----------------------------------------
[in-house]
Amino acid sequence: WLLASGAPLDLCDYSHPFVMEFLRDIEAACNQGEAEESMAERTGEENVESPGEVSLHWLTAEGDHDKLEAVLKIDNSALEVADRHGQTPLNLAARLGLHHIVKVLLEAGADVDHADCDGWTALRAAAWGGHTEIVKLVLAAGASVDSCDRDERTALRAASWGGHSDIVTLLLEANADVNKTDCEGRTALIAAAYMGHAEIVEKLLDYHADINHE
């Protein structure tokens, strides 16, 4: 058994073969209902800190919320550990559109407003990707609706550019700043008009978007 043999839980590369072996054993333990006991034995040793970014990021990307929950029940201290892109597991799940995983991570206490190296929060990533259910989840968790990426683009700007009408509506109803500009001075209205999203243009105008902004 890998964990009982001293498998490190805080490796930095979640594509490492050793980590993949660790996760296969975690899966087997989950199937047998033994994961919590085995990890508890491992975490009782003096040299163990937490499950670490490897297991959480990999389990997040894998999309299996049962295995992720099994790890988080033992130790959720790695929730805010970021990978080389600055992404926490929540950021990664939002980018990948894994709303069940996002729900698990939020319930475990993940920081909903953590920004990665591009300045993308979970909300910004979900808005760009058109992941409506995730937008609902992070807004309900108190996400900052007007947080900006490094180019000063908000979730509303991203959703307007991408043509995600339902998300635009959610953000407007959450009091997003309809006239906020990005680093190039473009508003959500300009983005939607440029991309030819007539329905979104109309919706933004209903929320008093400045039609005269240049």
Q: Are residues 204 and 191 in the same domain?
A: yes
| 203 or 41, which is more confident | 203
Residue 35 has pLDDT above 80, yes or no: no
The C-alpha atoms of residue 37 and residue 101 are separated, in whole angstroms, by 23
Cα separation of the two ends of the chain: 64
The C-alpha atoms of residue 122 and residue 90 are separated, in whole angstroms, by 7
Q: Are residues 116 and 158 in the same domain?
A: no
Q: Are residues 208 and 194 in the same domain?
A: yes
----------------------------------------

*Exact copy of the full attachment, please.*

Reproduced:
[in-house]
Amino acid sequence: WLLASGAPLDLCDYSHPFVMEFLRDIEAACNQGEAEESMAERTGEENVESPGEVSLHWLTAEGDHDKLEAVLKIDNSALEVADRHGQTPLNLAARLGLHHIVKVLLEAGADVDHADCDGWTALRAAAWGGHTEIVKLVLAAGASVDSCDRDERTALRAASWGGHSDIVTLLLEANADVNKTDCEGRTALIAAAYMGHAEIVEKLLDYHADINHE
């Protein structure tokens, strides 16, 4: 058994073969209902800190919320550990559109407003990707609706550019700043008009978007 043999839980590369072996054993333990006991034995040793970014990021990307929950029940201290892109597991799940995983991570206490190296929060990533259910989840968790990426683009700007009408509506109803500009001075209205999203243009105008902004 890998964990009982001293498998490190805080490796930095979640594509490492050793980590993949660790996760296969975690899966087997989950199937047998033994994961919590085995990890508890491992975490009782003096040299163990937490499950670490490897297991959480990999389990997040894998999309299996049962295995992720099994790890988080033992130790959720790695929730805010970021990978080389600055992404926490929540950021990664939002980018990948894994709303069940996002729900698990939020319930475990993940920081909903953590920004990665591009300045993308979970909300910004979900808005760009058109992941409506995730937008609902992070807004309900108190996400900052007007947080900006490094180019000063908000979730509303991203959703307007991408043509995600339902998300635009959610953000407007959450009091997003309809006239906020990005680093190039473009508003959500300009983005939607440029991309030819007539329905979104109309919706933004209903929320008093400045039609005269240049």
Q: Are residues 204 and 191 in the same domain?
A: yes
| 203 or 41, which is more confident | 203
Residue 35 has pLDDT above 80, yes or no: no
The C-alpha atoms of residue 37 and residue 101 are separated, in whole angstroms, by 23
Cα separation of the two ends of the chain: 64
The C-alpha atoms of residue 122 and residue 90 are separated, in whole angstroms, by 7
Q: Are residues 116 and 158 in the same domain?
A: no
Q: Are residues 208 and 194 in the same domain?
A: yes